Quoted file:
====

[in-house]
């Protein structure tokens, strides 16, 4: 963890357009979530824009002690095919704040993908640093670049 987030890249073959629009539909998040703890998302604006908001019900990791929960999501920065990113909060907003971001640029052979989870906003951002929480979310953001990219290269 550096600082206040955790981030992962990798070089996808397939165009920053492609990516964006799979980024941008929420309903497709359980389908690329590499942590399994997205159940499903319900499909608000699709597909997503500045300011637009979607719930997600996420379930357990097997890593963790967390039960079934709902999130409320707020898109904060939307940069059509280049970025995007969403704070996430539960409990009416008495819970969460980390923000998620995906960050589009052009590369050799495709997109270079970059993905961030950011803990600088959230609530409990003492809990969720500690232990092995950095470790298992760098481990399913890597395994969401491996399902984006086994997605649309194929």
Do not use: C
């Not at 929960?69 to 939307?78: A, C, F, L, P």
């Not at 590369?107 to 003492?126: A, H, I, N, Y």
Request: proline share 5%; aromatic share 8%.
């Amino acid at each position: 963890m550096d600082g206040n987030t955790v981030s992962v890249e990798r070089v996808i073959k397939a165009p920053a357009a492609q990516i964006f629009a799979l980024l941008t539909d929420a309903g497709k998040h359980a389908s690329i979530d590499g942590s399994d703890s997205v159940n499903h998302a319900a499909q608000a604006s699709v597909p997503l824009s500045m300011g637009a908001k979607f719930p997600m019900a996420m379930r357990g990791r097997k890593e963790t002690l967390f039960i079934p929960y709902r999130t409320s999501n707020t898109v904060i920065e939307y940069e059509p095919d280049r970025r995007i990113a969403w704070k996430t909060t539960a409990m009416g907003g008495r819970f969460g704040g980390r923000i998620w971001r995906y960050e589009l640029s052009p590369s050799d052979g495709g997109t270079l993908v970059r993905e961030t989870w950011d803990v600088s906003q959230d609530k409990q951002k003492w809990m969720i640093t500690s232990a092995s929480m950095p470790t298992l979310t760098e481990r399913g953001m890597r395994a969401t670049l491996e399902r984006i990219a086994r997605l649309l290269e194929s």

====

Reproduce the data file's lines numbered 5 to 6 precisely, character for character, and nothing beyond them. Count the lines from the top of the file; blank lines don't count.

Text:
């Not at 590369?107 to 003492?126: A, H, I, N, Y």
Request: proline share 5%; aromatic share 8%.